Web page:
- Pre-event reconnaissance. Before any public engagement, close protection teams will often conduct pre-event recon. Typically, this process addresses problems like transportation, staffing, venue security, etc. That said, reviewing public sentiment and online chatter leading up to an event can pay dividends. This can tip off protectors to unexpected problems and allow them to adjust plans on the fly.
Learn More: Liferaft OSINT analyst Kyle Baker breaks down how security teams can apply OSINT for close protection.
Where to Uncover Actionable Open Source Intelligence
OSINT refers to gathering intelligence from any free, public source. Technically, this includes mediums like books, newspapers, libraries, etc.
In practice, however, most modern-day OSINT is conducted online. Users upload terabytes of information to social media each day, so analysts collect the bulk of their intelligence on the web.
Leaked PII of a senior executive on the darknet, including wi-fi passwords, home address, and family member information, discovered by Navigator.
Where they look for information depends on what they want to find.
Running a simple Google search amounts to OSINT 101. But in many cases, this might be all a team needs to get the job done.
More often, however, security teams will need to review multiple sources.
This is especially true when conducting passive surveillance or while performing an audit of public information on a client.
Such OSINT sources often include:
- Traditional social networks. Mainstream social networks have the most users. And by extension, they have the most data. For that reason, these sites represent the bulk of most OSINT data collection.
- Alt-tech social networks. Millions of users in recent years have migrated away from the mainstream platforms to a growing collection of alt-tech social networks. Top examples include Telegram, 4Chan, and Gab. While alt-tech social networks are smaller than their mainstream peers, together they have a considerable userbase. So close protection teams that fail to monitor these sites could overlook serious threats.
- Data directories and brokers. Data directories and brokers provide a list of facts on individuals, such as names, addresses, family members, criminal records, and phone numbers. These services often have free rein to buy and sell the personal data of individuals, without even notifying them that they have it. Consequently, any bad actor can use brokers and directories to create a pretty comprehensive picture of their target. And for that reason, protection teams often put out requests to have sensitive information removed from these sites.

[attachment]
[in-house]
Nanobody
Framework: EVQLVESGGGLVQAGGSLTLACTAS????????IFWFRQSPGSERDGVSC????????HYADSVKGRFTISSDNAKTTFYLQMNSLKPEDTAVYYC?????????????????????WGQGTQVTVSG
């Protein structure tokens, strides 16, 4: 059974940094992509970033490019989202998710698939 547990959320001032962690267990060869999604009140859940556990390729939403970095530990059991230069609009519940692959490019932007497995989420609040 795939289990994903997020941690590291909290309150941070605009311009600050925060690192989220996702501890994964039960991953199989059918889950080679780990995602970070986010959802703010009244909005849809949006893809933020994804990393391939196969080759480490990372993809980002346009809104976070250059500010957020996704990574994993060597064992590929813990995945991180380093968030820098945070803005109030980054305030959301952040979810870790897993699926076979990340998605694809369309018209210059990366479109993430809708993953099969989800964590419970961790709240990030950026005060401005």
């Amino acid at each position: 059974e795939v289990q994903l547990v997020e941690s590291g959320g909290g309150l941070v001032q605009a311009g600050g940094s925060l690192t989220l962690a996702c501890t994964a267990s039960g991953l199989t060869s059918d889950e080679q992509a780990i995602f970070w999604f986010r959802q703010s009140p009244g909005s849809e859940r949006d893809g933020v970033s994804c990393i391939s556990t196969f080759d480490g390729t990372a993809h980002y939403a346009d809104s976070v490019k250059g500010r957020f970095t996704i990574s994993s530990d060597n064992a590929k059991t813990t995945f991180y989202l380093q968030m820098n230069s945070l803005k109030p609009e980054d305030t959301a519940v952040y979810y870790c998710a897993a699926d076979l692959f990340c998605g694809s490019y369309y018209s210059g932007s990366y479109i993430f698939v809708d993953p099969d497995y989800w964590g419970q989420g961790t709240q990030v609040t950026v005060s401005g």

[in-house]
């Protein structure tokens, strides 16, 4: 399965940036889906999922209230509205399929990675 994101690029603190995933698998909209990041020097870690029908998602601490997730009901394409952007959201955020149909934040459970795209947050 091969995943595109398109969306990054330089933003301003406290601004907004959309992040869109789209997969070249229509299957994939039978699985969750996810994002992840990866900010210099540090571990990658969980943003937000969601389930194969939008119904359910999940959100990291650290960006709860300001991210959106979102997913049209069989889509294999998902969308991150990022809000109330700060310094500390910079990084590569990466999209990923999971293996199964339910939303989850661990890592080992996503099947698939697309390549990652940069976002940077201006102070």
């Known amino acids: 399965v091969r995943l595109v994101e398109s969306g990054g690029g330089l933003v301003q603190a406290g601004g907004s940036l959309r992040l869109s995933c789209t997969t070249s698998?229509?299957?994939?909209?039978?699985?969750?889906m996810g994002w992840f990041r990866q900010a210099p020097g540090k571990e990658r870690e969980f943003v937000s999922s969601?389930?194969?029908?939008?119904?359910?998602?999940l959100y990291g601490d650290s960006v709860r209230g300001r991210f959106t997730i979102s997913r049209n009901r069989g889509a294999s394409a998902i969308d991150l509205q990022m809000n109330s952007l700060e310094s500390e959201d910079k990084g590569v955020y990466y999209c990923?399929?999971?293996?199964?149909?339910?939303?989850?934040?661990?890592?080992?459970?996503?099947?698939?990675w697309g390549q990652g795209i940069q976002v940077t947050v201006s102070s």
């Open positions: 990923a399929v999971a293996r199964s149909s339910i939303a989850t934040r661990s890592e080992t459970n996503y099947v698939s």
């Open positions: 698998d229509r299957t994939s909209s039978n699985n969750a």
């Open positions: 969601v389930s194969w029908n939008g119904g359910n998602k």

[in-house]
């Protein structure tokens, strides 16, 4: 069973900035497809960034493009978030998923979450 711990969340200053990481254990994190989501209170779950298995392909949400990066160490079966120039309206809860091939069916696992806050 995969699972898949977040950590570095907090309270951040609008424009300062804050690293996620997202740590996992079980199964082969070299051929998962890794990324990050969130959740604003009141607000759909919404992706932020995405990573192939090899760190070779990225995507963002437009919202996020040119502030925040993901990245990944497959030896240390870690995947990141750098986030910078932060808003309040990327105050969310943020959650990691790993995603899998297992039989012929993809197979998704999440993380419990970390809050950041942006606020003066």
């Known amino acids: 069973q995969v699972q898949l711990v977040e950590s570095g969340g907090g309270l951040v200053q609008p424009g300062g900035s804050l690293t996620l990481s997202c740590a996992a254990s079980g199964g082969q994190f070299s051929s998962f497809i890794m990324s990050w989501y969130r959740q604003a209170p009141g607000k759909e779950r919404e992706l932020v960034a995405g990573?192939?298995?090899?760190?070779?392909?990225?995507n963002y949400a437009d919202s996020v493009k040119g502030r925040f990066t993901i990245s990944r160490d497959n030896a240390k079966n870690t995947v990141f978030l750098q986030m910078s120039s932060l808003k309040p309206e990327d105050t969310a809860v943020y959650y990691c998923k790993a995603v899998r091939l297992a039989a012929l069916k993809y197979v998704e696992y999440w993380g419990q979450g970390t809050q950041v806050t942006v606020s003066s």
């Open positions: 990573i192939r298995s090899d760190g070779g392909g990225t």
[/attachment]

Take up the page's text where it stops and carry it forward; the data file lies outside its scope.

- Data breaches. Breached data refers to any stolen or leaked information published online. These data sets often turn up on various paste sites or web forums. And while most consist of only usernames and emails, some can contain more sensitive PII such as banking, medical, and passport information.
- The dark web. The dark web consists of a network of encrypted online content unindexed by traditional search engines. While this part of the internet provides many noble functions, its anonymous nature makes for a perfect place to conduct criminal activities. For that reason, the dark web serves as a popular place to market breached data, unload stolen goods, or plan violent attacks.
The Bottom Line on OSINT for Close Protection
Open-source intelligence is not a silver bullet for every security program.
Obviously, analysts can only detect potential threats from public information. If a bad actor conceals their activities, they can be difficult to detect.
Additionally, protectors that start applying OSINT can suffer from information overload. And it can be tough to separate valid, verified information from fake news and reports.
Yet, despite these limitations, OSINT still represents a dramatic force multiplier for short-staffed security teams.
It’s far easier to proactively address a threat rather than respond to an incident after the fact. OSINT allows close protection teams to address the growing number of risks to a principal in the cyber realm as well.
All of which can go a long way toward keeping an executive, celebrity, or other VIPs safe.